Every time I buy celery, and it sits in the produce drawer in my fridge until it takes on the shape of a wet noodle and I decide to overcome my guilt over not eating it long enough to toss it out.
Celery tastes to me like crunchy sadness. But it wasn’t always this way. I used to even enjoy it (mainly with peanut butter and raisins—remember ants on a log?).
It's a food that I placed in a “healthy” bucket in my brain. So I would buy it when I decided to go on a diet (which, at the time, meant to stop eating food I liked, and attempt to starve myself—don't do that).
So I stopped liking celery because now I associate it with restrictive diets. Trying to fill the hunger in my stomach left from depriving myself of filling foods and trying to fill my psychological hunger for virtuous foods—foods that made me feel like I was doing something “good” for my body.
Even though I don’t like it anymore, I still buy it sometimes, because I almost feel like I have to.
But I’m here to tell you (and myself) that
you don’t have to eat food you don’t like.
Whatever “diet food” means to you—salads, cottage cheese, boiled eggs, protein shakes—you don’t have to eat any of it to improve your health and nutrition, and you don’t have to eat any of it to lose weight.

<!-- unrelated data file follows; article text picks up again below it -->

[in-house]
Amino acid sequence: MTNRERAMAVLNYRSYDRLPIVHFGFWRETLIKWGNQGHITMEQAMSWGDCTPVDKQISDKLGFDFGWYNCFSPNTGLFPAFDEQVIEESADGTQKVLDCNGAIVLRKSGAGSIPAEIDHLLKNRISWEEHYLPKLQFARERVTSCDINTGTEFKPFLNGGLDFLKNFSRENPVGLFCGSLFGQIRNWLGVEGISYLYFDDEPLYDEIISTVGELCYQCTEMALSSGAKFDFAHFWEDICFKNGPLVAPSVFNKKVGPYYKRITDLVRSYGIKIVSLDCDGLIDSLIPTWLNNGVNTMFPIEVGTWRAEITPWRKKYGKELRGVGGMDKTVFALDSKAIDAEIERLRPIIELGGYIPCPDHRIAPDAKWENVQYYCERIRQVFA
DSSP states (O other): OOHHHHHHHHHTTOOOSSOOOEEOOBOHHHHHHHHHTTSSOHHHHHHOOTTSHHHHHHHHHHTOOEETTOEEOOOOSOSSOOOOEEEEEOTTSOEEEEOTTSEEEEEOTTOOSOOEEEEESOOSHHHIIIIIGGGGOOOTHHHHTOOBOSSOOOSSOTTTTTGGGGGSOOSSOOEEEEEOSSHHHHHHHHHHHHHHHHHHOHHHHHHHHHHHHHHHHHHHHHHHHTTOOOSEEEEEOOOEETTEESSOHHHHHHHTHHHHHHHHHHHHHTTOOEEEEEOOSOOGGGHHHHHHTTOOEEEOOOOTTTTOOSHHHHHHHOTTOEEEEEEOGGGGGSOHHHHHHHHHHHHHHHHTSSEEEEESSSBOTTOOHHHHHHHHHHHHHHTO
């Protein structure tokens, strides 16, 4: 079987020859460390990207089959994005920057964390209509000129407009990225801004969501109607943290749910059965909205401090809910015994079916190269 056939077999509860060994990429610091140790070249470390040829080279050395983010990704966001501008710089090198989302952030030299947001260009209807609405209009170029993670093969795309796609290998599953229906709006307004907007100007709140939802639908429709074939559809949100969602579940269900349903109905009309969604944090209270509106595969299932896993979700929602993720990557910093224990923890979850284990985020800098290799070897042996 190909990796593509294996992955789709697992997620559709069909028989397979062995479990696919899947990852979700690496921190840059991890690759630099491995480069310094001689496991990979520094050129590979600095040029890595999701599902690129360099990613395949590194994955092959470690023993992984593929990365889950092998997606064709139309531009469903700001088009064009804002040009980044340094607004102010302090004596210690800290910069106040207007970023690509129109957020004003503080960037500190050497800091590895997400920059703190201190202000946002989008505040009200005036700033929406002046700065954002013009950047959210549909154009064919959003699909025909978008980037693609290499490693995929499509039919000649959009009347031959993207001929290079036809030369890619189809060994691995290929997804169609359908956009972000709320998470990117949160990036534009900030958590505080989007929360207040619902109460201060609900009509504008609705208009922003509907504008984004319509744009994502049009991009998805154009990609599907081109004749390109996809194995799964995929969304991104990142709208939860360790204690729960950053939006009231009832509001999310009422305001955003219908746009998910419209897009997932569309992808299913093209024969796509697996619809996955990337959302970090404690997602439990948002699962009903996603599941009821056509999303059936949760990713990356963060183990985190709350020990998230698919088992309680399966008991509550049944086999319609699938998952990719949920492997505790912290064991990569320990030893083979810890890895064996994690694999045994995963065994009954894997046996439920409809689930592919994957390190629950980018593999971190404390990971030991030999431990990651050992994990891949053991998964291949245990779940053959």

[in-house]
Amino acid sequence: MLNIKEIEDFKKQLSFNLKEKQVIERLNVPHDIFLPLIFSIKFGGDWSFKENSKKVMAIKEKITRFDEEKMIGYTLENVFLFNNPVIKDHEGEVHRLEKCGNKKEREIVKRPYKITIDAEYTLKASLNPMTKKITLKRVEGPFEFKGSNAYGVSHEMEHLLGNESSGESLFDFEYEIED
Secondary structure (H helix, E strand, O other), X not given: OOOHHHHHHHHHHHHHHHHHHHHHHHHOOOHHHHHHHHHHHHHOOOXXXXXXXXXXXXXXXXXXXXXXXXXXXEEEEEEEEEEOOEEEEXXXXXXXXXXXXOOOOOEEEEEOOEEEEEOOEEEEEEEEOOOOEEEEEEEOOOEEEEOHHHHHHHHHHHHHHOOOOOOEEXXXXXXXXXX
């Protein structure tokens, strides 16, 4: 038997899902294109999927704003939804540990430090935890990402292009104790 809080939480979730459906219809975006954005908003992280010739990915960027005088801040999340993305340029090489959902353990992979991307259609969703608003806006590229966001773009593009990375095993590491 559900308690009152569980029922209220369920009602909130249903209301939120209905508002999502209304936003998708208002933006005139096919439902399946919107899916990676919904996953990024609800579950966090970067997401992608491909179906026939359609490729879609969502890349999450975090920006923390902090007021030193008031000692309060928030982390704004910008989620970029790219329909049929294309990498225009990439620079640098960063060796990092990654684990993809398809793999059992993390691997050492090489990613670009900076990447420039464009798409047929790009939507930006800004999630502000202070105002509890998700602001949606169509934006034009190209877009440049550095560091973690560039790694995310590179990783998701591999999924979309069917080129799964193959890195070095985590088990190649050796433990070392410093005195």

Think about why you’ve chosen the food. If you want to get more veggies in, try a new vegetable recipe instead of a salad. Looking for more protein? Instead of cottage cheese, go for greek yogurt, chicken breast, lean ground beef, or tofu.
I ate celery because it was a “filler” food—something that would help me feel less hungry between meals. Now, I eat meals that have more lean protein and vegetables, and if I feel the need for a filler, I have other go-to snacks like pickles, kimchi, and lots of raw veggies like green beans, snap peas, carrots—just ones that I actually enjoy.
The fastest way to fail on your diet is to feel like you need to force yourself to eat food you don’t like.
Take a minute to look at the big picture and determine your real motivation for your food choices, and if you have any questions about nutrition, just send me a message. I respond to every email.
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